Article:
Beyond the humble vacuum: how Dyson is expanding into AI and robotics

Dyson’s technology centre in Singapore is a multi-million playground for innovation and technological advancement

Dyson 360 Eye at the Dyson Singapore Technology Centre. Courtesy Dyson
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Picture this: in one lab engineers test how well a hair dryer works on real human hair; in another a robot vacuum cleaner navigates a maze of obstacles with ease; while in another sound-proofed acoustics chamber, multiple microphones test for noise.

Welcome to Dyson’s technology centre in Singapore, a $587 million playground for innovation and technological advancement that opened in February. The centre has placed the UK firm known for its vacuums firmly into the frontier areas of artificial intelligence and robotics.

Dyson is now spending a staggering $9 million a week in research and development and holds thousands of patents. But it’s not hard to see where the money goes. Take the acoustics chamber for example. The room is covered in absorptive wedges and when you stand inside it’s eerily silent. Microphones then trap the noise coming from its machines. Dyson says its “obsessive” about reducing the noise of their machines and this approach allowed them to make the Supersonic one of the quietest hairdryers in the world. Or take Dyson’s connected studio lab. Here is where Dyson is working on combining hardware with software, incorporating artificial intelligence, robotics, sensors and mobile apps.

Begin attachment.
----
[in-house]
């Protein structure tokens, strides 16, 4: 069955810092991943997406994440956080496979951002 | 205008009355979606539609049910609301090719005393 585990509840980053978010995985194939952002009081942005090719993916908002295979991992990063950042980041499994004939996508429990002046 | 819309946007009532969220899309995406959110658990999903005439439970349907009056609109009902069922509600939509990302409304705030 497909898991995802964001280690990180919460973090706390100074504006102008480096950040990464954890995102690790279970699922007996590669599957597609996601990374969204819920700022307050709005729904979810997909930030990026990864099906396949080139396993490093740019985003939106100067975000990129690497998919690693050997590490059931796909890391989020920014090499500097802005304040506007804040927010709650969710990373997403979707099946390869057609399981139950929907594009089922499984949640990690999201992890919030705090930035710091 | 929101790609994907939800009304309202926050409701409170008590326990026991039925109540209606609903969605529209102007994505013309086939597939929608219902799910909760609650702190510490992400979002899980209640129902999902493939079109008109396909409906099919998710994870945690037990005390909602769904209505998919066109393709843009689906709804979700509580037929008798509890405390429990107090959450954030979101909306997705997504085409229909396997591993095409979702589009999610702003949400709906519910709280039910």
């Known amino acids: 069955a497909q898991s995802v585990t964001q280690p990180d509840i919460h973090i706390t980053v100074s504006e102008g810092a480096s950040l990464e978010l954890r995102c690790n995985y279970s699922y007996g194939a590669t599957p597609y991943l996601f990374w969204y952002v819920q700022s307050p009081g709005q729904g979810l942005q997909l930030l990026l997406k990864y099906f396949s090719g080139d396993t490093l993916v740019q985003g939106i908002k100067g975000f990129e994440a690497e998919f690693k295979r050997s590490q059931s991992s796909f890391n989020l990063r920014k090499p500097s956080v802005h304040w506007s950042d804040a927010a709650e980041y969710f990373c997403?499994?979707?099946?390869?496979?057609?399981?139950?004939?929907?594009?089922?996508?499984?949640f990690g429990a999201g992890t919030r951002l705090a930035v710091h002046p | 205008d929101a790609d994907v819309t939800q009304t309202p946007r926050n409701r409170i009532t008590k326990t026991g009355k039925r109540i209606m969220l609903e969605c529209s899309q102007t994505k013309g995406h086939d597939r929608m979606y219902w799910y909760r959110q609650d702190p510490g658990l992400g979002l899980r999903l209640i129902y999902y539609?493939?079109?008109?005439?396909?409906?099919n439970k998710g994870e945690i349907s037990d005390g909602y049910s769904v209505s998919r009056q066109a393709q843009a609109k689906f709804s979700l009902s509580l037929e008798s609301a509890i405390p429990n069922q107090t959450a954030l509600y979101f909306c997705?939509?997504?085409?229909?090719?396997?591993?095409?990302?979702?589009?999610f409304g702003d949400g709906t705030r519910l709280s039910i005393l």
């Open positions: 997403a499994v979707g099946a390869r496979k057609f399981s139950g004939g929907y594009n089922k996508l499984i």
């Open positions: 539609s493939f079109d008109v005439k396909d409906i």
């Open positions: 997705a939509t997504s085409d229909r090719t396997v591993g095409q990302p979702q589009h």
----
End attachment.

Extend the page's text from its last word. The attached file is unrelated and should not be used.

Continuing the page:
The acoustics chamber at Dyson Singapore. The room is covered in absorptive wedges and microphones trap the noise coming from its machines. Dyson
The acoustics chamber at Dyson Singapore. The room is covered in absorptive wedges and microphones trap the noise coming from its machines. Dyson

At the heart of this is the 360 Eye robot vacuum cleaner. Other robot vacuums blindly and randomly clean the floor. But this has a 360-degree camera and Dyson has developed algorithms to let the robot learn and decide which is the best way to clean a room. Motion capture technology as seen in films such as Avatar and Rise of the Planet of the Apes also allows engineers to track the robot’s movement and improve navigation.

“Performance wise we’ve got it there in terms of how much dirt it picks up. But in terms of versatility – can it go upstairs; can it get under every single piece of furniture and all the nooks and crannies you could get into your handheld, these things cannot yet. These are going to change massively,” says Scott Maguire, global engineering director at Dyson.


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Their footprint in the Middle East is also increasing. Earlier this year, Dyson opened one of their “demo stores” in Dubai Mall – the first in the Middle East and Africa. There visitors can see and test products such as the Supersonic hairdryer, the Dyson V6 vacuum, along with their bladeless fans and air purifiers.

Dyson products do not come cheap. For example, take the Supersonic hair dryer. It may be the result of a $65 million investment in the science of hair but it will cost you a whopping Dh1,499. Or take the “Pure Cool” purifier. Dyson says it will remove 99.95 per cent of allergens and pollutants in the air but it will set you back about Dh2,199.

The 360 Eye isn’t available in the UAE yet but could the clearest example of how we might see AI and robots used in the home. Dyson is now moving beyond making simple hardware products and this week the company revealed it’s developing an electric car. Along with investing $1.9 billion dollars into future technology over the next four years, it’s safe to assume even more interesting developments are on the cards.